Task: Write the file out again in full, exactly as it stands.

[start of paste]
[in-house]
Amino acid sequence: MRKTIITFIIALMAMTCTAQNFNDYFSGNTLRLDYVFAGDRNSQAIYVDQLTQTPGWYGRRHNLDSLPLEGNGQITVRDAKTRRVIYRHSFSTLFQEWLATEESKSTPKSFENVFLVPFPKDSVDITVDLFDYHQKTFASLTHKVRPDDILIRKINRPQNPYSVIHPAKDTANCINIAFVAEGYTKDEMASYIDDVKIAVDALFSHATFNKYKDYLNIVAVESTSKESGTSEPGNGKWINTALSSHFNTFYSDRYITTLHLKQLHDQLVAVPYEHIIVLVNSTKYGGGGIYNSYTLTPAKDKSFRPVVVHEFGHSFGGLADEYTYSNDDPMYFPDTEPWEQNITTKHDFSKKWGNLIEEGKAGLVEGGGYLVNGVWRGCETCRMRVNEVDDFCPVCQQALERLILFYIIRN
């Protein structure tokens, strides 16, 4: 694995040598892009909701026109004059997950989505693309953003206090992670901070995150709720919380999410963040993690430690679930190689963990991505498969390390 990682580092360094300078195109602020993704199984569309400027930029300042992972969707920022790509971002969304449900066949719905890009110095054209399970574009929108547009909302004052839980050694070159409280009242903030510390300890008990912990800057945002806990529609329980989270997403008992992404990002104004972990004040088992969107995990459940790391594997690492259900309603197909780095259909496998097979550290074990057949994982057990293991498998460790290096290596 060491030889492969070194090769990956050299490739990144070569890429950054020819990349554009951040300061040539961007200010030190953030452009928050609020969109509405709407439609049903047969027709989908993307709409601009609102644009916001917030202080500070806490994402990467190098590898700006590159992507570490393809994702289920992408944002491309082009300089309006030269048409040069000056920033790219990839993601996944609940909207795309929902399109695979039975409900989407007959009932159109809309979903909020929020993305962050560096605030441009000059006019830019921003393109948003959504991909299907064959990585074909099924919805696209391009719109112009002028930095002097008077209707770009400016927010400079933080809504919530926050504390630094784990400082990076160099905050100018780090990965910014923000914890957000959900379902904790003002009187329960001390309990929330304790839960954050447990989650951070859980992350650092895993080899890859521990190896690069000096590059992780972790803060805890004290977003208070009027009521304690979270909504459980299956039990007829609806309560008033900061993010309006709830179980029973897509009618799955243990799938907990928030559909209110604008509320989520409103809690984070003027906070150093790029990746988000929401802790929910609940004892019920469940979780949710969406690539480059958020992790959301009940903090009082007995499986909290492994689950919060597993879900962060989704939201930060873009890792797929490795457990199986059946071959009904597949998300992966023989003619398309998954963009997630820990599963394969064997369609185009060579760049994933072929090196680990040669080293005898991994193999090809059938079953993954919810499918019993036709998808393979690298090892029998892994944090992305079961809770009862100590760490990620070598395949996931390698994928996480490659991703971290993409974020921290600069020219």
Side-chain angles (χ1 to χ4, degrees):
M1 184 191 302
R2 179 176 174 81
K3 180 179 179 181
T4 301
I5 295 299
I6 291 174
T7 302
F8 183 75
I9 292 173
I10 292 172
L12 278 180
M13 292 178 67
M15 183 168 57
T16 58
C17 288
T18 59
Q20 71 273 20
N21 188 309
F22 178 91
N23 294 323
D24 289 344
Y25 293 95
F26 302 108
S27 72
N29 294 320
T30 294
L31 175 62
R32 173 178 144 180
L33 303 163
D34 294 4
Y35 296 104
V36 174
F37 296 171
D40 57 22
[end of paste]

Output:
[in-house]
Amino acid sequence: MRKTIITFIIALMAMTCTAQNFNDYFSGNTLRLDYVFAGDRNSQAIYVDQLTQTPGWYGRRHNLDSLPLEGNGQITVRDAKTRRVIYRHSFSTLFQEWLATEESKSTPKSFENVFLVPFPKDSVDITVDLFDYHQKTFASLTHKVRPDDILIRKINRPQNPYSVIHPAKDTANCINIAFVAEGYTKDEMASYIDDVKIAVDALFSHATFNKYKDYLNIVAVESTSKESGTSEPGNGKWINTALSSHFNTFYSDRYITTLHLKQLHDQLVAVPYEHIIVLVNSTKYGGGGIYNSYTLTPAKDKSFRPVVVHEFGHSFGGLADEYTYSNDDPMYFPDTEPWEQNITTKHDFSKKWGNLIEEGKAGLVEGGGYLVNGVWRGCETCRMRVNEVDDFCPVCQQALERLILFYIIRN
């Protein structure tokens, strides 16, 4: 694995040598892009909701026109004059997950989505693309953003206090992670901070995150709720919380999410963040993690430690679930190689963990991505498969390390 990682580092360094300078195109602020993704199984569309400027930029300042992972969707920022790509971002969304449900066949719905890009110095054209399970574009929108547009909302004052839980050694070159409280009242903030510390300890008990912990800057945002806990529609329980989270997403008992992404990002104004972990004040088992969107995990459940790391594997690492259900309603197909780095259909496998097979550290074990057949994982057990293991498998460790290096290596 060491030889492969070194090769990956050299490739990144070569890429950054020819990349554009951040300061040539961007200010030190953030452009928050609020969109509405709407439609049903047969027709989908993307709409601009609102644009916001917030202080500070806490994402990467190098590898700006590159992507570490393809994702289920992408944002491309082009300089309006030269048409040069000056920033790219990839993601996944609940909207795309929902399109695979039975409900989407007959009932159109809309979903909020929020993305962050560096605030441009000059006019830019921003393109948003959504991909299907064959990585074909099924919805696209391009719109112009002028930095002097008077209707770009400016927010400079933080809504919530926050504390630094784990400082990076160099905050100018780090990965910014923000914890957000959900379902904790003002009187329960001390309990929330304790839960954050447990989650951070859980992350650092895993080899890859521990190896690069000096590059992780972790803060805890004290977003208070009027009521304690979270909504459980299956039990007829609806309560008033900061993010309006709830179980029973897509009618799955243990799938907990928030559909209110604008509320989520409103809690984070003027906070150093790029990746988000929401802790929910609940004892019920469940979780949710969406690539480059958020992790959301009940903090009082007995499986909290492994689950919060597993879900962060989704939201930060873009890792797929490795457990199986059946071959009904597949998300992966023989003619398309998954963009997630820990599963394969064997369609185009060579760049994933072929090196680990040669080293005898991994193999090809059938079953993954919810499918019993036709998808393979690298090892029998892994944090992305079961809770009862100590760490990620070598395949996931390698994928996480490659991703971290993409974020921290600069020219």
Side-chain angles (χ1 to χ4, degrees):
M1 184 191 302
R2 179 176 174 81
K3 180 179 179 181
T4 301
I5 295 299
I6 291 174
T7 302
F8 183 75
I9 292 173
I10 292 172
L12 278 180
M13 292 178 67
M15 183 168 57
T16 58
C17 288
T18 59
Q20 71 273 20
N21 188 309
F22 178 91
N23 294 323
D24 289 344
Y25 293 95
F26 302 108
S27 72
N29 294 320
T30 294
L31 175 62
R32 173 178 144 180
L33 303 163
D34 294 4
Y35 296 104
V36 174
F37 296 171
D40 57 22